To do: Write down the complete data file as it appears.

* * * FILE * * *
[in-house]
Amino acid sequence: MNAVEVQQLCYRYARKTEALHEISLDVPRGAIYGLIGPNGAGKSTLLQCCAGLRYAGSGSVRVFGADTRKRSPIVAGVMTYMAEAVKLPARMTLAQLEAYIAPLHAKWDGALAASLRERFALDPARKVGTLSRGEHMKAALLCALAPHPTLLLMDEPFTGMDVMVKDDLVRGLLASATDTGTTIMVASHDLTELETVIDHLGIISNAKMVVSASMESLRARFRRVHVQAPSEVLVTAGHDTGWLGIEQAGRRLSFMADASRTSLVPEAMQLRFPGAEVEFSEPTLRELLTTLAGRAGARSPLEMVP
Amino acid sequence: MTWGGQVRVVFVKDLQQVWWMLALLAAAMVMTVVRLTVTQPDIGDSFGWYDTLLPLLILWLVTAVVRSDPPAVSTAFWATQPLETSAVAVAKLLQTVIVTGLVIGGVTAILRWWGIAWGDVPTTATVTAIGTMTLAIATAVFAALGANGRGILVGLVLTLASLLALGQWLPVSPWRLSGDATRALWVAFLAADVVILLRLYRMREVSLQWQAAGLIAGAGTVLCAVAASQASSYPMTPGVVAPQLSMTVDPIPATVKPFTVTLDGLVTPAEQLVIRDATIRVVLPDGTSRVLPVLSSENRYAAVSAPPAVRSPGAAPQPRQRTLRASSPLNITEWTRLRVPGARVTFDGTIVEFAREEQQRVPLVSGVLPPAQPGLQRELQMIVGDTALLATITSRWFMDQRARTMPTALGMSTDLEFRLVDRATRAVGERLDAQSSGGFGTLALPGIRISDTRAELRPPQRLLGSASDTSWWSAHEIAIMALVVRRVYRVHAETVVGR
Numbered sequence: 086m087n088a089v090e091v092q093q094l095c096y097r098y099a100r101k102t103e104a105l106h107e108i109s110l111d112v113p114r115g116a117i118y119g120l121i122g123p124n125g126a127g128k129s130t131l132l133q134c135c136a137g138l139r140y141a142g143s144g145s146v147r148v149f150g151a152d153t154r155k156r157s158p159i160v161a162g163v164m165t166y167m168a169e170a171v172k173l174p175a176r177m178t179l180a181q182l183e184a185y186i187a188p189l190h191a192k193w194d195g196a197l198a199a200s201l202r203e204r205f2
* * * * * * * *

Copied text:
[in-house]
Amino acid sequence: MNAVEVQQLCYRYARKTEALHEISLDVPRGAIYGLIGPNGAGKSTLLQCCAGLRYAGSGSVRVFGADTRKRSPIVAGVMTYMAEAVKLPARMTLAQLEAYIAPLHAKWDGALAASLRERFALDPARKVGTLSRGEHMKAALLCALAPHPTLLLMDEPFTGMDVMVKDDLVRGLLASATDTGTTIMVASHDLTELETVIDHLGIISNAKMVVSASMESLRARFRRVHVQAPSEVLVTAGHDTGWLGIEQAGRRLSFMADASRTSLVPEAMQLRFPGAEVEFSEPTLRELLTTLAGRAGARSPLEMVP
Amino acid sequence: MTWGGQVRVVFVKDLQQVWWMLALLAAAMVMTVVRLTVTQPDIGDSFGWYDTLLPLLILWLVTAVVRSDPPAVSTAFWATQPLETSAVAVAKLLQTVIVTGLVIGGVTAILRWWGIAWGDVPTTATVTAIGTMTLAIATAVFAALGANGRGILVGLVLTLASLLALGQWLPVSPWRLSGDATRALWVAFLAADVVILLRLYRMREVSLQWQAAGLIAGAGTVLCAVAASQASSYPMTPGVVAPQLSMTVDPIPATVKPFTVTLDGLVTPAEQLVIRDATIRVVLPDGTSRVLPVLSSENRYAAVSAPPAVRSPGAAPQPRQRTLRASSPLNITEWTRLRVPGARVTFDGTIVEFAREEQQRVPLVSGVLPPAQPGLQRELQMIVGDTALLATITSRWFMDQRARTMPTALGMSTDLEFRLVDRATRAVGERLDAQSSGGFGTLALPGIRISDTRAELRPPQRLLGSASDTSWWSAHEIAIMALVVRRVYRVHAETVVGR
Numbered sequence: 086m087n088a089v090e091v092q093q094l095c096y097r098y099a100r101k102t103e104a105l106h107e108i109s110l111d112v113p114r115g116a117i118y119g120l121i122g123p124n125g126a127g128k129s130t131l132l133q134c135c136a137g138l139r140y141a142g143s144g145s146v147r148v149f150g151a152d153t154r155k156r157s158p159i160v161a162g163v164m165t166y167m168a169e170a171v172k173l174p175a176r177m178t179l180a181q182l183e184a185y186i187a188p189l190h191a192k193w194d195g196a197l198a199a200s201l202r203e204r205f2